“Prior to IVA, a patient would be referred for a regular spine X-ray,” says Soledad Griffin, M.D., a radiologist with Pinehurst Radiology Associates. “This often required a separate office visit, exposure to a higher dose of radiation, and additional time to process and review the image. With IVA, the spine scan is performed with a bone density test, during the same appointment, and the results are immediately available for the physician’s review.”
The new scanner can complete five scans in three to five minutes, and the radiation dose is less than that of a typical chest X-ray. The hospital’s previous scanning equipment did two scans in about 14 minutes.
For more information on this screening, call (800) 213-3284.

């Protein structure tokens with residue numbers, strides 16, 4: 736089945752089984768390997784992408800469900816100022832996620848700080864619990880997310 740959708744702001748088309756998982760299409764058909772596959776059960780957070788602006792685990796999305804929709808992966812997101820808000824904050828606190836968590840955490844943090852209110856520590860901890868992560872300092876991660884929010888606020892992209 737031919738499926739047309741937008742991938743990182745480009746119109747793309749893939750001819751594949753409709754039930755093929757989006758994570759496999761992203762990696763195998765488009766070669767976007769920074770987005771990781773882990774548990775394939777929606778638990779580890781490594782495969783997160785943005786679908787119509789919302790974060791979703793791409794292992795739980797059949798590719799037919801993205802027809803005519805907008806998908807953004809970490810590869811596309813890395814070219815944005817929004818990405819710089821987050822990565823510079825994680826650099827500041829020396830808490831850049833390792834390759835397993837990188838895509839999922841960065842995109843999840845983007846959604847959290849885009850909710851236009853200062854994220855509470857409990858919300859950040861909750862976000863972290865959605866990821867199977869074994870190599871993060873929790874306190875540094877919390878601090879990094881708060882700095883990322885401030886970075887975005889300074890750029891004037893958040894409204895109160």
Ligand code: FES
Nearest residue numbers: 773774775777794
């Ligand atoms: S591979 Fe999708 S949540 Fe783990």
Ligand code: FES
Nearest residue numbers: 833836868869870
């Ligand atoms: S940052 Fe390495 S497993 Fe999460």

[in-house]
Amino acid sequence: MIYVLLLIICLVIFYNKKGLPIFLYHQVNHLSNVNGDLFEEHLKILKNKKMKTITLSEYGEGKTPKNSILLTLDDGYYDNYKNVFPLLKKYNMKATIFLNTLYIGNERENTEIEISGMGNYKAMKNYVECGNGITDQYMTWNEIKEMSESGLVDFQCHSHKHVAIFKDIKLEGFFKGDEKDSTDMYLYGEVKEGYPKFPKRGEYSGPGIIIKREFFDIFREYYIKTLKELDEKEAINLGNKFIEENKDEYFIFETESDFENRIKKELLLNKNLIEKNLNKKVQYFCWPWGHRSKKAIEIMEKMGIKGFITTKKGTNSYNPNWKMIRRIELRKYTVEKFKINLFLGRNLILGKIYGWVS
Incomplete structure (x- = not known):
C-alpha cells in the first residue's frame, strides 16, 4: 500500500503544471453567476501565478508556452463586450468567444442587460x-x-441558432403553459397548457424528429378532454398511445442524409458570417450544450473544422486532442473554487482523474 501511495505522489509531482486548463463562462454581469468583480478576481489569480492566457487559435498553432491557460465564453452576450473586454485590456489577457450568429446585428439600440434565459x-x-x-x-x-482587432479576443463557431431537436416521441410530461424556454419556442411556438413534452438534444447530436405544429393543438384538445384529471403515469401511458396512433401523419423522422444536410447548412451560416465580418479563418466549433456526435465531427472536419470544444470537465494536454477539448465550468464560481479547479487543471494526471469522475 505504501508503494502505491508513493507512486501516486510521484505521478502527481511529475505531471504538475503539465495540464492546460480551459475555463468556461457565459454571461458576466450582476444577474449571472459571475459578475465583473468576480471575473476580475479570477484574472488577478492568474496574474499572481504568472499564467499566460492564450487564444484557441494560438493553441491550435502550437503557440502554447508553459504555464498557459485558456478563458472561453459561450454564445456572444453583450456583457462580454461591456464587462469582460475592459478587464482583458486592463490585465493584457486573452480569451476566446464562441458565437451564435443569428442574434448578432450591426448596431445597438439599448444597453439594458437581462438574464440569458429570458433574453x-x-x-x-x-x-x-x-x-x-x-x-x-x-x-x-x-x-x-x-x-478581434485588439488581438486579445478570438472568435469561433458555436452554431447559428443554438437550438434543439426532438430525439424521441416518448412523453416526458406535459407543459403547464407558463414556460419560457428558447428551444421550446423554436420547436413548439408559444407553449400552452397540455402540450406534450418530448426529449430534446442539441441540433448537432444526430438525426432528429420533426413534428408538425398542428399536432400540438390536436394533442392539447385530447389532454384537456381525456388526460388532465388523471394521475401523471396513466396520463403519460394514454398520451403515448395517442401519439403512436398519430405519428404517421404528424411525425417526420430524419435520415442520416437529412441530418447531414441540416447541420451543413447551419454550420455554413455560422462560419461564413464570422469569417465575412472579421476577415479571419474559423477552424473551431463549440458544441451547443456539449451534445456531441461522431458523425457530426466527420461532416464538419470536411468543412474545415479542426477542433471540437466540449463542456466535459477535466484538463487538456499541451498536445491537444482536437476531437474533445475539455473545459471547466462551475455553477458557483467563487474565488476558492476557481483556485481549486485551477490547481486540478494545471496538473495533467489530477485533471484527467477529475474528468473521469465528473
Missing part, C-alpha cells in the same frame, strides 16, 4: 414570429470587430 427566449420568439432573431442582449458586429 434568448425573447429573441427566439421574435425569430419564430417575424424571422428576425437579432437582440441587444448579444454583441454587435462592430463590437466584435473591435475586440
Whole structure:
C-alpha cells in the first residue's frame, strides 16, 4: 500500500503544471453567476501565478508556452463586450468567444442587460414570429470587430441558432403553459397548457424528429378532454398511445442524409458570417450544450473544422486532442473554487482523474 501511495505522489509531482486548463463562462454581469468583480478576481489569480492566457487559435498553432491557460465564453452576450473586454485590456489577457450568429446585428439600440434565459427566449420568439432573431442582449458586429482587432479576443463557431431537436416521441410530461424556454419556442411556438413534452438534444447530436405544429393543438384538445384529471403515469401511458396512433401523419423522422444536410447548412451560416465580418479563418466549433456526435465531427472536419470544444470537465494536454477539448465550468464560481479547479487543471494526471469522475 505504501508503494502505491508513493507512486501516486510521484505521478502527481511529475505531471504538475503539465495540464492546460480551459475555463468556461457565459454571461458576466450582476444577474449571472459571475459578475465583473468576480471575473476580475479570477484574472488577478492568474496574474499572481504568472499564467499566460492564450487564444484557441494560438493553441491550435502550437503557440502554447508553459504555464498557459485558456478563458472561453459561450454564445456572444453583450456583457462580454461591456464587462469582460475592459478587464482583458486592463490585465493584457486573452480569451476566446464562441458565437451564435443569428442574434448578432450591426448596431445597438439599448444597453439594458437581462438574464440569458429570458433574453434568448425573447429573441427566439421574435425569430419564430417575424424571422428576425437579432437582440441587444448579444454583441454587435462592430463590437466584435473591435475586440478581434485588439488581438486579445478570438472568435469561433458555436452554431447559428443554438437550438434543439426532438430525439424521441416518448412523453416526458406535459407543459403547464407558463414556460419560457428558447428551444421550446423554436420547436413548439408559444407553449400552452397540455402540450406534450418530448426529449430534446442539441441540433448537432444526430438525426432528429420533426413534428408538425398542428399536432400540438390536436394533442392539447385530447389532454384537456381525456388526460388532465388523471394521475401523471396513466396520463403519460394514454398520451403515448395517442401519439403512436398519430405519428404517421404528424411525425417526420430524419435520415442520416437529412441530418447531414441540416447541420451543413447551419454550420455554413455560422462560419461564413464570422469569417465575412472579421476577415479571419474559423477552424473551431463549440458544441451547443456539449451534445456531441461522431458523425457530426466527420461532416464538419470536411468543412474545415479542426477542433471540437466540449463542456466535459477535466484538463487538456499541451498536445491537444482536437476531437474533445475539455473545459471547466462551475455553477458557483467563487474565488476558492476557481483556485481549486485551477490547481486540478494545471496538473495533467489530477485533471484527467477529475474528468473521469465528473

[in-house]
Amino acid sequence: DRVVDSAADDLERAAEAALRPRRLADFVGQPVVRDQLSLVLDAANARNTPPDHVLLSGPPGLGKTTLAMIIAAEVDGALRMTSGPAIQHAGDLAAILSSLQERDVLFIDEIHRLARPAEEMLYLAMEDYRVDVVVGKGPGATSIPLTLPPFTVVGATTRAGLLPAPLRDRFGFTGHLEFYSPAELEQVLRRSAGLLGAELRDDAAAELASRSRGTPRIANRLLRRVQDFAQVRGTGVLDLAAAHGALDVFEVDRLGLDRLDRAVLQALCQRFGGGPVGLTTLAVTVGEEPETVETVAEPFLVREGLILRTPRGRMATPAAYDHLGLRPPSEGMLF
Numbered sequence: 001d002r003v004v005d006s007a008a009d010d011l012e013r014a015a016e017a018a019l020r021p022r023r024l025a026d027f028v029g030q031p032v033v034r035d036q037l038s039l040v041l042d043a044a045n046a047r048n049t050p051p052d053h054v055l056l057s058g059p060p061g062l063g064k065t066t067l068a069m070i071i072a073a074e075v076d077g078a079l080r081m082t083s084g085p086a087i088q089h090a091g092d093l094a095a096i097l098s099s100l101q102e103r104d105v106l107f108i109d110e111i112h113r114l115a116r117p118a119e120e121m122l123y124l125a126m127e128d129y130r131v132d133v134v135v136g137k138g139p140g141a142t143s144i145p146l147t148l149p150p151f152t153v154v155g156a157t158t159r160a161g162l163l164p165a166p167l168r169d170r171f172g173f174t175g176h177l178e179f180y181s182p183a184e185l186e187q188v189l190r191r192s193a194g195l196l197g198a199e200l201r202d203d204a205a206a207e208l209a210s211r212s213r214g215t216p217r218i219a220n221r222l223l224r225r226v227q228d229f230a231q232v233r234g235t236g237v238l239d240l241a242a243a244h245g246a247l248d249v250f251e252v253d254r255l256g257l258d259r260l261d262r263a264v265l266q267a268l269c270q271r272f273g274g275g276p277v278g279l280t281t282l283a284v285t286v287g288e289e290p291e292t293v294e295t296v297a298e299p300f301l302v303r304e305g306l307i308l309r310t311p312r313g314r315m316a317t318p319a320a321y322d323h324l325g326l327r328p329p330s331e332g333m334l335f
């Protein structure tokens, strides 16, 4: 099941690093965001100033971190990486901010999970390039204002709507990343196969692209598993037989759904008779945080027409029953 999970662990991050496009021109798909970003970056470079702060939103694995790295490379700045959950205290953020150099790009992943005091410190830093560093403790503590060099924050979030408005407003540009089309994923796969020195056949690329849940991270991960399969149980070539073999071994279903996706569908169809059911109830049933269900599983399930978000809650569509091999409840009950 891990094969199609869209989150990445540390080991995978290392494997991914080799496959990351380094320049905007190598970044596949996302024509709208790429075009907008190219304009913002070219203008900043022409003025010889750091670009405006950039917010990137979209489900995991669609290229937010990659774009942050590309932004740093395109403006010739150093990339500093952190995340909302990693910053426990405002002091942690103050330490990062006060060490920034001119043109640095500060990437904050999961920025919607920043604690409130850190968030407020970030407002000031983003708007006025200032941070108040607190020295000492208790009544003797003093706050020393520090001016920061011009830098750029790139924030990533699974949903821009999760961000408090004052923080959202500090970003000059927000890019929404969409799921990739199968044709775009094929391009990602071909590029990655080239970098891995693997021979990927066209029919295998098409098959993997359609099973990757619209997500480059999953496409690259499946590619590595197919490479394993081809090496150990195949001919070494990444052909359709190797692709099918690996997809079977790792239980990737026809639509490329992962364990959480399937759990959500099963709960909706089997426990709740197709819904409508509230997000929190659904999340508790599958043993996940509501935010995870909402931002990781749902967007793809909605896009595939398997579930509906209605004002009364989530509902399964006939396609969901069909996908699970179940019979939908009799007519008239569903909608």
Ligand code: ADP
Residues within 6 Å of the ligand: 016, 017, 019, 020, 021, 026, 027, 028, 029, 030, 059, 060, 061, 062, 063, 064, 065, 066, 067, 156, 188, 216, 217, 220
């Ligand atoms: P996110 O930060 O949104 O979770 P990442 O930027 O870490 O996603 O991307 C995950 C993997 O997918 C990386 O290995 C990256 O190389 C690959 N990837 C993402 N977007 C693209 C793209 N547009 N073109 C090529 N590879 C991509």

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FHC joins IBM in
creating national EHR
FirstHealth of the Carolinas is part
of a process to develop a nationwide
system for the exchange of electronic
health record (EHR) information.
The Office of Healthcare Information
Technology in the federal Department
of Health and Human Services is leading
the effort to develop a national system
that allows electronic health records to be
shared and exchanged among all caregivers
involved in a patient’s care. IBM was one of
four large information technology companies
selected to create a prototype system,
and each was required to demonstrate that
its model worked across three separate
IBM decided to set up and test its model
system in communities where it has large
facilities—Taconic, N.Y.; Danville, Va.; and
the Research Triangle
area of North Carolina.
“We had already
been talking within
the local community—
with the major
clinics and group